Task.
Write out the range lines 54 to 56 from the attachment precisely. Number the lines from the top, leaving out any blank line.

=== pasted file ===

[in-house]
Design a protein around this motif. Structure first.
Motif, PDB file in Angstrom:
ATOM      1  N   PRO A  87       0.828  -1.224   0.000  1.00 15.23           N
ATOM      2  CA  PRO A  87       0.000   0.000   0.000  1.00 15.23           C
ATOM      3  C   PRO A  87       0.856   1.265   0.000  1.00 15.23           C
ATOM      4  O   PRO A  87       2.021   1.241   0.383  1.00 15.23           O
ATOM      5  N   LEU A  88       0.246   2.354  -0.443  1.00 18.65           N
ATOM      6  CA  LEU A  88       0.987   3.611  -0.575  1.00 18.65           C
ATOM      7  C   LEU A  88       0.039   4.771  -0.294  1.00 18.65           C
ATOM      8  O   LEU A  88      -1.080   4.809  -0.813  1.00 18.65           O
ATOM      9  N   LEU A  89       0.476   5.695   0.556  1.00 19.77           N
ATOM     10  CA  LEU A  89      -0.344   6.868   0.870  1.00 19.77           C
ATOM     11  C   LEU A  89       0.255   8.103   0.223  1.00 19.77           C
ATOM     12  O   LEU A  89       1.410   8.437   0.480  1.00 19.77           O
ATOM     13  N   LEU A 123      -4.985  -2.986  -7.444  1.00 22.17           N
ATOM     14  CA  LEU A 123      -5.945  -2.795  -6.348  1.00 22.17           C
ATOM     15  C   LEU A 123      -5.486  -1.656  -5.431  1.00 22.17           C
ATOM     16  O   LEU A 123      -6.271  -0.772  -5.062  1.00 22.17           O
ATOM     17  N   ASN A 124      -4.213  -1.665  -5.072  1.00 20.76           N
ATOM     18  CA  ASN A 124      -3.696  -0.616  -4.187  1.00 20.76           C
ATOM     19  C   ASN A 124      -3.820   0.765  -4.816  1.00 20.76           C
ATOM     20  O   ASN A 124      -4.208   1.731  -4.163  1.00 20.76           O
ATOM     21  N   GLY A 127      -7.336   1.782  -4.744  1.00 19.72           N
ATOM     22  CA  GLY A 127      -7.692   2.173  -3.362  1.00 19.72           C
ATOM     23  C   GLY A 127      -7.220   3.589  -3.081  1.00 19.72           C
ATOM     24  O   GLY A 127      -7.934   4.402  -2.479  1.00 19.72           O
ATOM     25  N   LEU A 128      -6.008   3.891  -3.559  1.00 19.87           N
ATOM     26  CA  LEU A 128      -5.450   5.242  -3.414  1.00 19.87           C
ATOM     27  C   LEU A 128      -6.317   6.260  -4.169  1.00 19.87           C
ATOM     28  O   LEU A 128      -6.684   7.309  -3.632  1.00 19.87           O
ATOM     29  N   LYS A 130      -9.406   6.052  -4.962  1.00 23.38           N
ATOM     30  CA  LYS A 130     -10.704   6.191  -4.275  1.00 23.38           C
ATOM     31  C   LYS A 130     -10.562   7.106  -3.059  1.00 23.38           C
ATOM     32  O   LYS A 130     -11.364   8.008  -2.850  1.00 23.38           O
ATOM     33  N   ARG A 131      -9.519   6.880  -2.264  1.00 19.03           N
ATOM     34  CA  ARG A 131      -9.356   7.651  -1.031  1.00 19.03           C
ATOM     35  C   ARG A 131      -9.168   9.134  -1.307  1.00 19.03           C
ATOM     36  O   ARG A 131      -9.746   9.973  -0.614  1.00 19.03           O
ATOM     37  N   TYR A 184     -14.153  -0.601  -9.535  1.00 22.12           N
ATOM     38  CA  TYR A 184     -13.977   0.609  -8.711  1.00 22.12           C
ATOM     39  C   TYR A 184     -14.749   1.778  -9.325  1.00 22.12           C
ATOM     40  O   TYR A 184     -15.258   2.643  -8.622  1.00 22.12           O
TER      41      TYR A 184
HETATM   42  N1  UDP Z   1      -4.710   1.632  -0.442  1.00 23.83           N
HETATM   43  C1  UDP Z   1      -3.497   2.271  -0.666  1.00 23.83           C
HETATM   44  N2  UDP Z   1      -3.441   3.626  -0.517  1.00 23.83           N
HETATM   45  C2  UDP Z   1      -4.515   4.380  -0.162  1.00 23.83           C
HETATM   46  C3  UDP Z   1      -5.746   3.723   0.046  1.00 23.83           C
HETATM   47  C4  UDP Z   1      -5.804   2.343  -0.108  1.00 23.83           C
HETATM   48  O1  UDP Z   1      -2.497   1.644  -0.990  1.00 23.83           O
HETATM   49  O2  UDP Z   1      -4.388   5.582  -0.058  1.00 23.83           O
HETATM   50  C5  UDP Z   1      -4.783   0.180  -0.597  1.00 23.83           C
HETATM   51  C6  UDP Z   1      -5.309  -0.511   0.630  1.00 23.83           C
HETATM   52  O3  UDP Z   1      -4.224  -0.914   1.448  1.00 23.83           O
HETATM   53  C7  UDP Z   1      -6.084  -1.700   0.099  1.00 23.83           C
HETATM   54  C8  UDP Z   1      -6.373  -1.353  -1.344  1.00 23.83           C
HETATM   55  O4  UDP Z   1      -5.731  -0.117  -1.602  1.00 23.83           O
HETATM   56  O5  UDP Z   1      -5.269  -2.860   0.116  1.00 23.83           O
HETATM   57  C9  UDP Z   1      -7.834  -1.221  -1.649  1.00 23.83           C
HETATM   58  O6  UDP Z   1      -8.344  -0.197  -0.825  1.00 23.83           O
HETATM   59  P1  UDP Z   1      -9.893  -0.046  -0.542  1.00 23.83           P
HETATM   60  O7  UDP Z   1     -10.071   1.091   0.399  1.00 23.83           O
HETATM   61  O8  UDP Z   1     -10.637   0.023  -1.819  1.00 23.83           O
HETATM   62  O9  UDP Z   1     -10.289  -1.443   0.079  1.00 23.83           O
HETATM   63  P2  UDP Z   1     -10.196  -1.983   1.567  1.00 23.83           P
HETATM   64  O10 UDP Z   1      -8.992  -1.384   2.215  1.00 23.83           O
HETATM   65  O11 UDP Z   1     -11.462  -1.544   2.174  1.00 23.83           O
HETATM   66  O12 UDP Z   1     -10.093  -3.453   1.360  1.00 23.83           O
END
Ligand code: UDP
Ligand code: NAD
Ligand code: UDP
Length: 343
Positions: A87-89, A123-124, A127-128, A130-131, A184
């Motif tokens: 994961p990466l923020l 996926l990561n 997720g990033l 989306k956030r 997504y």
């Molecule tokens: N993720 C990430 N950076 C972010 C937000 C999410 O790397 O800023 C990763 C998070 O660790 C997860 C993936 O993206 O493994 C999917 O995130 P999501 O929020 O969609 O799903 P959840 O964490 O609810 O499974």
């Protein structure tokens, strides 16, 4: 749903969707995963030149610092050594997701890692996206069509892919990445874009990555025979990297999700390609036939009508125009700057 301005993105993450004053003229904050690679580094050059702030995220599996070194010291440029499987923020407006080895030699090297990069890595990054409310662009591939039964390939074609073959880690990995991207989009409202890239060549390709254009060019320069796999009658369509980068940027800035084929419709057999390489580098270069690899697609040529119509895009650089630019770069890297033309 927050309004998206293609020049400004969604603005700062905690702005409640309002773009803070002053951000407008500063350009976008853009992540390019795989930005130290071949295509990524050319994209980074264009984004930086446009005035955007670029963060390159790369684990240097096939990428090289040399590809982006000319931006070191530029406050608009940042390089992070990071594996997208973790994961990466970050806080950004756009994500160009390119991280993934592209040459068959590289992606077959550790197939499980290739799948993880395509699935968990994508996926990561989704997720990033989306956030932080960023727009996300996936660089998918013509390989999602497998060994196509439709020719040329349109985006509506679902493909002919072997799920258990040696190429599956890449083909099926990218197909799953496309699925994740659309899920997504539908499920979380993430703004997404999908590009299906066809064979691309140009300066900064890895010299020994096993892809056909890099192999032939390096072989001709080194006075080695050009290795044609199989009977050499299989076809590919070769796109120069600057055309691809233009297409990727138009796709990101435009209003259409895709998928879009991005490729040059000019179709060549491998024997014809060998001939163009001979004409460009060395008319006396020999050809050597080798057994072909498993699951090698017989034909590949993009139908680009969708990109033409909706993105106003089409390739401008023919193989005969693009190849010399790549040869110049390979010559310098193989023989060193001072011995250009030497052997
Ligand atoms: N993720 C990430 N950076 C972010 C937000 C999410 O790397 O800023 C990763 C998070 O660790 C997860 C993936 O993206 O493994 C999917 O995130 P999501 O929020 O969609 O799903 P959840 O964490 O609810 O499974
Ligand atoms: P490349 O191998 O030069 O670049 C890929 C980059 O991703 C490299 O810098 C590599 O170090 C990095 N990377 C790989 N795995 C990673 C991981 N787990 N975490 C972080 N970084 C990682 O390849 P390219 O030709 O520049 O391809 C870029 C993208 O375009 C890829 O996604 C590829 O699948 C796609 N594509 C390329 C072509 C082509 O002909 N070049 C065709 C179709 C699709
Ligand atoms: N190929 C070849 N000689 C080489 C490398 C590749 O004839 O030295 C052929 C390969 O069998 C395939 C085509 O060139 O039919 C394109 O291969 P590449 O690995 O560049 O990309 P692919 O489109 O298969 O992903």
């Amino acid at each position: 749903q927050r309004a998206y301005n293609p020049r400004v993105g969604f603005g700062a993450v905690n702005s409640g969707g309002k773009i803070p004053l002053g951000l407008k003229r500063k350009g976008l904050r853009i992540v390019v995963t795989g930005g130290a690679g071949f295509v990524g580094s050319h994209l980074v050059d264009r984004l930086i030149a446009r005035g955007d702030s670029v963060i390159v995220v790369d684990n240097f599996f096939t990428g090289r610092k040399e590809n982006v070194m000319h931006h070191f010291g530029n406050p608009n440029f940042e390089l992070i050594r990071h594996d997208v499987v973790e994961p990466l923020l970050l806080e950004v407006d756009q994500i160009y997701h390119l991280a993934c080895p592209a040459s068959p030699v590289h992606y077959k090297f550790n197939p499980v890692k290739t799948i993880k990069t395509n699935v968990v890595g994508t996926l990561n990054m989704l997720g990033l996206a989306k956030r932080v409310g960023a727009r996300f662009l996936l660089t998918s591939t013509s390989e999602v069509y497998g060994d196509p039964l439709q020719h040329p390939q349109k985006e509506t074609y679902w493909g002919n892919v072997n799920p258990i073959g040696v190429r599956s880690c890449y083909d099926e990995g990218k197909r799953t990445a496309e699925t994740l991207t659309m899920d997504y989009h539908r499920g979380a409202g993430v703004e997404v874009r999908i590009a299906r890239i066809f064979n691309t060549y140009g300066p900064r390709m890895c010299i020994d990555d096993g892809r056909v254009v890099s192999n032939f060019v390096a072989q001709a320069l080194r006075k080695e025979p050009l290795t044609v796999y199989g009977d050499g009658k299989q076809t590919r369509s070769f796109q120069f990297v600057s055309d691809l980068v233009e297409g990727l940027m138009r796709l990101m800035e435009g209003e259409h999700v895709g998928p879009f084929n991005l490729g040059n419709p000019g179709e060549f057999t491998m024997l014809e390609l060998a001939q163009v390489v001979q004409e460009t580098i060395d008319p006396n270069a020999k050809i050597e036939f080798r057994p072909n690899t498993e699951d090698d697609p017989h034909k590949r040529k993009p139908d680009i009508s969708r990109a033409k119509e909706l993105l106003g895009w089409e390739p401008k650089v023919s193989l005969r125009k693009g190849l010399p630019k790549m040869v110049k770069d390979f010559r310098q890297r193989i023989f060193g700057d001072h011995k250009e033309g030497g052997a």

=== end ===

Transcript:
HETATM   51  C6  UDP Z   1      -5.309  -0.511   0.630  1.00 23.83           C
HETATM   52  O3  UDP Z   1      -4.224  -0.914   1.448  1.00 23.83           O
HETATM   53  C7  UDP Z   1      -6.084  -1.700   0.099  1.00 23.83           C